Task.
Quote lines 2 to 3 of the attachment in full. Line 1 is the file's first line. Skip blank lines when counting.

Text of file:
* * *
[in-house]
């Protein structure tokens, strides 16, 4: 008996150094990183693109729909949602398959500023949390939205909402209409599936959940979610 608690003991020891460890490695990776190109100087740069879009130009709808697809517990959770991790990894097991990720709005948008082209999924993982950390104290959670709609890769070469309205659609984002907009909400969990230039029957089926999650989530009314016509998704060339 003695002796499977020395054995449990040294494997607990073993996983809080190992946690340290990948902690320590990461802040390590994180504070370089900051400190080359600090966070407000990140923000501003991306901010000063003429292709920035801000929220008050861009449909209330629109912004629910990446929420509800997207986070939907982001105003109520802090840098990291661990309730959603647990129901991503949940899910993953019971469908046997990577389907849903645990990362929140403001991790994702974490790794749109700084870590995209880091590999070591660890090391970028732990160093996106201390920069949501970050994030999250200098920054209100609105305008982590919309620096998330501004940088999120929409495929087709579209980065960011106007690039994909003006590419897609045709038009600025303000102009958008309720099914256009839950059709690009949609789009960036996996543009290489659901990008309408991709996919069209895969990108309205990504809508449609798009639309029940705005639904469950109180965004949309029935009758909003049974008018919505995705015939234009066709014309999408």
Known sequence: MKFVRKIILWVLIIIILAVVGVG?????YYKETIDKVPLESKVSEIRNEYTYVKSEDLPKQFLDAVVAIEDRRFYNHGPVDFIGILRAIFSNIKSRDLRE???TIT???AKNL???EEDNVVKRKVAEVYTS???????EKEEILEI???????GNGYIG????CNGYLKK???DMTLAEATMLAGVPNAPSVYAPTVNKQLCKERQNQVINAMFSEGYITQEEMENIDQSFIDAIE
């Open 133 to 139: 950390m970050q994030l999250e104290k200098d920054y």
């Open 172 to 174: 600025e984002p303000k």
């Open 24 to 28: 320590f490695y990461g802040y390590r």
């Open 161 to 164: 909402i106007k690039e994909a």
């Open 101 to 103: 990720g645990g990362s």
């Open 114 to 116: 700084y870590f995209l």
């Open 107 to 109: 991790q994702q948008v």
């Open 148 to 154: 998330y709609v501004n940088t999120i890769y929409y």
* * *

């Protein structure tokens, strides 16, 4: 008996150094990183693109729909949602398959500023949390939205909402209409599936959940979610 608690003991020891460890490695990776190109100087740069879009130009709808697809517990959770991790990894097991990720709005948008082209999924993982950390104290959670709609890769070469309205659609984002907009909400969990230039029957089926999650989530009314016509998704060339 003695002796499977020395054995449990040294494997607990073993996983809080190992946690340290990948902690320590990461802040390590994180504070370089900051400190080359600090966070407000990140923000501003991306901010000063003429292709920035801000929220008050861009449909209330629109912004629910990446929420509800997207986070939907982001105003109520802090840098990291661990309730959603647990129901991503949940899910993953019971469908046997990577389907849903645990990362929140403001991790994702974490790794749109700084870590995209880091590999070591660890090391970028732990160093996106201390920069949501970050994030999250200098920054209100609105305008982590919309620096998330501004940088999120929409495929087709579209980065960011106007690039994909003006590419897609045709038009600025303000102009958008309720099914256009839950059709690009949609789009960036996996543009290489659901990008309408991709996919069209895969990108309205990504809508449609798009639309029940705005639904469950109180965004949309029935009758909003049974008018919505995705015939234009066709014309999408």
Known sequence: MKFVRKIILWVLIIIILAVVGVG?????YYKETIDKVPLESKVSEIRNEYTYVKSEDLPKQFLDAVVAIEDRRFYNHGPVDFIGILRAIFSNIKSRDLRE???TIT???AKNL???EEDNVVKRKVAEVYTS???????EKEEILEI???????GNGYIG????CNGYLKK???DMTLAEATMLAGVPNAPSVYAPTVNKQLCKERQNQVINAMFSEGYITQEEMENIDQSFIDAIE